Bahraini envoy shot as new offensive is launched against Islamic allies

Click to follow
The Independent Online

Two carloads of gunmen kidnapped the senior Egyptian diplomat in Baghdad, Ihab al-Sherif, at the weekend, bundling him into the boot of a car, shouting that he was an American spy.

Hassan Mallalah al-Ansari, the senior Bahraini diplomat, was hit in the shoulder by a bullet yesterday when gunmen tried to kidnap him as he was being driven from his home to his embassy in the al-Mansur district. He was later released from hospital.

"The aim is to create a state of fear," said Laith Kubba, a government spokesman. The kidnapping "was an attempt to scare the other diplomatic missions so that they won't expand their presence in Iraq."

Insurgents also opened fire on the convoy of Mohammed Younis, the Pakistani ambassador, as he was on his way to work. He was not injured but is to be withdrawn temporarily from Iraq.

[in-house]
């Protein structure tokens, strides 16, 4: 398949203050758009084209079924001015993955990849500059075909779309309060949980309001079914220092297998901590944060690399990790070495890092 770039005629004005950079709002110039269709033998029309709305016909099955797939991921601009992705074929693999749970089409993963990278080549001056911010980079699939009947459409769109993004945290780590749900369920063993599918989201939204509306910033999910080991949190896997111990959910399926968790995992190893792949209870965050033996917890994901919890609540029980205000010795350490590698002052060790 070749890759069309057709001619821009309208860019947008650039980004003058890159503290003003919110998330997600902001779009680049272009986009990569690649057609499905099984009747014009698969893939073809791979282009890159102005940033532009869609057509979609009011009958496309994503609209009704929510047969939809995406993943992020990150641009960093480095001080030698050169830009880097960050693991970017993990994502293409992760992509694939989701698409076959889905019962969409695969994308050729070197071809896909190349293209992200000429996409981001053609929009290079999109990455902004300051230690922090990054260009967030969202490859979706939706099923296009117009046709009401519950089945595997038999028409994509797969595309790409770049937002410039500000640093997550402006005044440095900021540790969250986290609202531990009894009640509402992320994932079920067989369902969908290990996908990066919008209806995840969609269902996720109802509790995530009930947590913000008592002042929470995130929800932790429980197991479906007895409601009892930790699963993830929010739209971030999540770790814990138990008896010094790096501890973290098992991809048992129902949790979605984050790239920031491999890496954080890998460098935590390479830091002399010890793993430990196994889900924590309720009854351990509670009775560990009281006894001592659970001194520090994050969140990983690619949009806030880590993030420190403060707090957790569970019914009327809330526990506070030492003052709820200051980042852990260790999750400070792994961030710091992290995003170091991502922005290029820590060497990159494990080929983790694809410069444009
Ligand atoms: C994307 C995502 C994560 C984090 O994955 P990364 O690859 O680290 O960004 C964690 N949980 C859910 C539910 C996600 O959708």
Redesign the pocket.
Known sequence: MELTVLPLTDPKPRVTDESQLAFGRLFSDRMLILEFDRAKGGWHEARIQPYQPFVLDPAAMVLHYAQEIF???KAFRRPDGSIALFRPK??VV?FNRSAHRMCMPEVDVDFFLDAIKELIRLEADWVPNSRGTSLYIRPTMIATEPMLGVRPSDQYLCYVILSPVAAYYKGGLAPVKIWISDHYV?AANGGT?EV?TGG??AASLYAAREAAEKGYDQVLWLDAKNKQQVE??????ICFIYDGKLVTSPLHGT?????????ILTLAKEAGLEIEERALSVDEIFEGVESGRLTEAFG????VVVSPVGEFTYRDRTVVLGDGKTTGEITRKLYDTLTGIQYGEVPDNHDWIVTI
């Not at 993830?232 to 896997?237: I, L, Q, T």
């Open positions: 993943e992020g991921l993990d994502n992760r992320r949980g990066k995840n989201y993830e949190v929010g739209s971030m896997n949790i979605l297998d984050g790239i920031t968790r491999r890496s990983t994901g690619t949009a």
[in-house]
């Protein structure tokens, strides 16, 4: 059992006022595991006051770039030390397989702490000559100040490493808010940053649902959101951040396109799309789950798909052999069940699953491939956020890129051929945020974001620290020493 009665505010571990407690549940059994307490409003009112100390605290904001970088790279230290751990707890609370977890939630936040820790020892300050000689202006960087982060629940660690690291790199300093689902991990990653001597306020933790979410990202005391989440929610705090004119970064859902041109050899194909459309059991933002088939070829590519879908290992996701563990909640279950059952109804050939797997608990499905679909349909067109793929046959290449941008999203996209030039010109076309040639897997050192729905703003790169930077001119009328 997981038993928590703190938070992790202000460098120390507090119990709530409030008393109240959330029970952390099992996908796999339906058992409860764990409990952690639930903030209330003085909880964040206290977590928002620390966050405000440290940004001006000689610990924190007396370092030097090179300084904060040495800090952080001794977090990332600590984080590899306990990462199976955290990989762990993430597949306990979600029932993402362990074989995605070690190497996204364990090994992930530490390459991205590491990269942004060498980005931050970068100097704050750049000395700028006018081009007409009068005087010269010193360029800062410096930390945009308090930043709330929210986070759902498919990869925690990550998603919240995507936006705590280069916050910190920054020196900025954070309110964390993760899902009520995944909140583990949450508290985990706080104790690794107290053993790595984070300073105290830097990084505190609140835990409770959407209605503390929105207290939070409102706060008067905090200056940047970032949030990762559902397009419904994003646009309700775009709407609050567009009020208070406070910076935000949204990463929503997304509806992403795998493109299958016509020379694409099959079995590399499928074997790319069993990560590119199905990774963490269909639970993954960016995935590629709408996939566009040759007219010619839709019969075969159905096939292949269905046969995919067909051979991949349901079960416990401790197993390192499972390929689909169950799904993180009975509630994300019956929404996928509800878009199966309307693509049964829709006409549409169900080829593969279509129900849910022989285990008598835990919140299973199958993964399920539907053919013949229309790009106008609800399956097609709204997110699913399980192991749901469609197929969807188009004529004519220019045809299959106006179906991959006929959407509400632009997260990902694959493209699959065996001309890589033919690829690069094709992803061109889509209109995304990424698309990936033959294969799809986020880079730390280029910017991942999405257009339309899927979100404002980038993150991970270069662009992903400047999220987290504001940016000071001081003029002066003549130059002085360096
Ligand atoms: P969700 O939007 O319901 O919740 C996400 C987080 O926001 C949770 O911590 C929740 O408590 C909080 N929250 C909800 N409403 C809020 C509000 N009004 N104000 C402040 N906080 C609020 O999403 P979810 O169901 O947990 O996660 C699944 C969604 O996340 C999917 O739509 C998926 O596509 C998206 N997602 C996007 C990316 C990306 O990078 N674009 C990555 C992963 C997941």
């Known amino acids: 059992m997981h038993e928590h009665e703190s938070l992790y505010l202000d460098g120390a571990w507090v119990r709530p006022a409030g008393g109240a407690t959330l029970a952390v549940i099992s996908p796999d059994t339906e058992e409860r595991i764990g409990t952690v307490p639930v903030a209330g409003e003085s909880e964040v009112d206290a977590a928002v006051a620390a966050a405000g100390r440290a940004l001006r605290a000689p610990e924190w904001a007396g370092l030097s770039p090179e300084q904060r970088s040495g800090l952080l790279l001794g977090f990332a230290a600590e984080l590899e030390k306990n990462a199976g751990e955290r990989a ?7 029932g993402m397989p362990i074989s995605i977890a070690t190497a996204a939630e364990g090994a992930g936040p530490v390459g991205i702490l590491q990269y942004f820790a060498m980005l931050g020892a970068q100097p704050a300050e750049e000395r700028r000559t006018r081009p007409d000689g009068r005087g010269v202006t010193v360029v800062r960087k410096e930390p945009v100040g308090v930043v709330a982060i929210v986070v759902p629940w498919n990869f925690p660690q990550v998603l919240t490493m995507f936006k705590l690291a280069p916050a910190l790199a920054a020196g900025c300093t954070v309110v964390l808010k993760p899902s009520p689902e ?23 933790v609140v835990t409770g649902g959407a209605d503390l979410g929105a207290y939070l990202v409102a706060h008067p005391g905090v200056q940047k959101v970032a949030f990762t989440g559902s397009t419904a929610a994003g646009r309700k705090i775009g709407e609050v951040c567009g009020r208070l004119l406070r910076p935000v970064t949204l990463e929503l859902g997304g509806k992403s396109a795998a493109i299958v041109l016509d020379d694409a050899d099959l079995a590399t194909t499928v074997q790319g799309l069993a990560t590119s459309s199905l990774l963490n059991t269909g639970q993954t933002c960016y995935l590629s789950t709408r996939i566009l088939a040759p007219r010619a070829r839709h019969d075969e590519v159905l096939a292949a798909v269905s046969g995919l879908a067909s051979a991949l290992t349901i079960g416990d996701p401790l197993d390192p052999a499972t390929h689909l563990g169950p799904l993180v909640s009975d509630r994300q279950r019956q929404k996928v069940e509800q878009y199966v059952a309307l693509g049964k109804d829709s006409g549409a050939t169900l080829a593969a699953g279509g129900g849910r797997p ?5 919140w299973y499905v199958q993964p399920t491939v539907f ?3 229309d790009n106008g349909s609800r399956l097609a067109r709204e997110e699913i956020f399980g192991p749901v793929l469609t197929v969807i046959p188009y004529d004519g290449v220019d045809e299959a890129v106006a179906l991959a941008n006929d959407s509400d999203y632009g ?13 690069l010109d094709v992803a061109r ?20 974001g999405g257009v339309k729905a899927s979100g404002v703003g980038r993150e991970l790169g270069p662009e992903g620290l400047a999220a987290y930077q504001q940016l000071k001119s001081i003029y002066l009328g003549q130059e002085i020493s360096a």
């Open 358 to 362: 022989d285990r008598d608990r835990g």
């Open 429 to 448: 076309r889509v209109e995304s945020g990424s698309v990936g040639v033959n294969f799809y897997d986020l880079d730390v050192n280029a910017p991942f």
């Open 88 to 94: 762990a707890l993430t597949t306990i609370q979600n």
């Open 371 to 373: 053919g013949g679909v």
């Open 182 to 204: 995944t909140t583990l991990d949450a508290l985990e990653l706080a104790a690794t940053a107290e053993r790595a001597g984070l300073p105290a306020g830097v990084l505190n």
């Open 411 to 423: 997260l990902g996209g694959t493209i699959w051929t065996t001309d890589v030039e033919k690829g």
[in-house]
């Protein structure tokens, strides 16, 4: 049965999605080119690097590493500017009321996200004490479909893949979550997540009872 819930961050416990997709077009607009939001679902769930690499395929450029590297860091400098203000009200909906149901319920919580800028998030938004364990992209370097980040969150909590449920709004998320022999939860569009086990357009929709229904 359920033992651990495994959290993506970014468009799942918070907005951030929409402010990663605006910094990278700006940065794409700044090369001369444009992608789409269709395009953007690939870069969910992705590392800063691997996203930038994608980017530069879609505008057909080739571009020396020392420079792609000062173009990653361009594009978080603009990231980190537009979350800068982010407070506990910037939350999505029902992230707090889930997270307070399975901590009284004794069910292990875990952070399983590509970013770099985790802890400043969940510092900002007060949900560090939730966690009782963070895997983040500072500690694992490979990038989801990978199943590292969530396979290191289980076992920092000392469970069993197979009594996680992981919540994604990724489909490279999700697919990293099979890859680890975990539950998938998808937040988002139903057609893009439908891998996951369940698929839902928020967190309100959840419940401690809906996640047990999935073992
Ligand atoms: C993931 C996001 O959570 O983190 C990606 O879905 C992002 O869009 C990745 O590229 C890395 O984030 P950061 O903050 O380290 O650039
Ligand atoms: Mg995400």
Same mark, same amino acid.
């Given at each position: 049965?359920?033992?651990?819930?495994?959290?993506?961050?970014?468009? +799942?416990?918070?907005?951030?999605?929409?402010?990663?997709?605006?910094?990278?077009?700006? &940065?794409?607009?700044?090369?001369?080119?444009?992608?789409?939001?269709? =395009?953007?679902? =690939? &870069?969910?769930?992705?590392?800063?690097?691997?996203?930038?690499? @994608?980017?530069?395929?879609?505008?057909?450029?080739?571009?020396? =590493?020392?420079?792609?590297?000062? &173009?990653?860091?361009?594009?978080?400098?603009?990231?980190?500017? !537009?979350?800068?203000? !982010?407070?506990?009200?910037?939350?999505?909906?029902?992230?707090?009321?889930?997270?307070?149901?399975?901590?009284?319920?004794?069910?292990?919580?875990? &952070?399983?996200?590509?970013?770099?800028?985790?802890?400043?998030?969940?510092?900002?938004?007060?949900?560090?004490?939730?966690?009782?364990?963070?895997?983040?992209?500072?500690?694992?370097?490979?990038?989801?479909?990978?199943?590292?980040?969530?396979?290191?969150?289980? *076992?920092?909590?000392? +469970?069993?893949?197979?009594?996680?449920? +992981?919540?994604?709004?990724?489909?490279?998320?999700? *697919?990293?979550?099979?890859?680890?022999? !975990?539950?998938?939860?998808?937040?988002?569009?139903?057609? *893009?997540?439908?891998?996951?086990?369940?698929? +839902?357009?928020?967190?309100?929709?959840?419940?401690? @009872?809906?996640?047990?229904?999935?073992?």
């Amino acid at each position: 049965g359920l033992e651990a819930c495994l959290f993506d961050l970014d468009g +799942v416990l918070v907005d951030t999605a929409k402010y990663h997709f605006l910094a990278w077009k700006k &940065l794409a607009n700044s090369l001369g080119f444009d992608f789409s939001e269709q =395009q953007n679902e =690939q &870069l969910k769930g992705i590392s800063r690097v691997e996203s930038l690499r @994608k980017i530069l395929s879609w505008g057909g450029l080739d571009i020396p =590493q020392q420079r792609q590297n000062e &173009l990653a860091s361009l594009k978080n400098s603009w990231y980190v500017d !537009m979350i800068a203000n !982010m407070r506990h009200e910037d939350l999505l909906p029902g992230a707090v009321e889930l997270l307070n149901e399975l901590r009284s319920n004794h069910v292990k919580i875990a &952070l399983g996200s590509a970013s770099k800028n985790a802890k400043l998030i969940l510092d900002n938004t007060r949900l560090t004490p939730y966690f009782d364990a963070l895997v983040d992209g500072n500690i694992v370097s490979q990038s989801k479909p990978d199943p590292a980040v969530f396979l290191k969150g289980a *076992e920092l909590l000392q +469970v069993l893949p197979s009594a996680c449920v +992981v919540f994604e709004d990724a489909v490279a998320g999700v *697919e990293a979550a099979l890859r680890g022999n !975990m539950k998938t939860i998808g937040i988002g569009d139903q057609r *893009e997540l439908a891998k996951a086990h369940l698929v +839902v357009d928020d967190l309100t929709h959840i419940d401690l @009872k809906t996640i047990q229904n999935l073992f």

Most of the embassies in Iraq have minimum staff or have withdrawn into the safer Green Zone where they have limited contact with ordinary Iraqis.

The insurgents have always given high priority to isolating the Iraqi government by attacking foreign embassies and foreign NGOs. One of the first big bomb attacks in Baghdad was against the Jordanian embassy in August 2003 and this was followed by the destruction of the UN headquarters and the main Red Cross building.

The interim Iraqi government, backed by the US, has hoped to bolster its international legitimacy by getting Arab embassies to raise their representation to ambassadorial level. Egypt was the first Arab state to agree to do this last month.

The failure of the US to gain control of the crucial seven-mile road linking Baghdad international airport with the centre of the city was underlined yesterday when gunmen riddled a minibus carrying airport employees. They shot dead four women and three men during an attack near the Amariyah crossroads in western Baghdad.

The US is trying to build up a new Iraqi army but insurgents are still able to attack all parts of Baghdad. A total of 1,400 people have have been killed since Prime Minister Ibrahim al-Jaafari formed his new government on 28 April.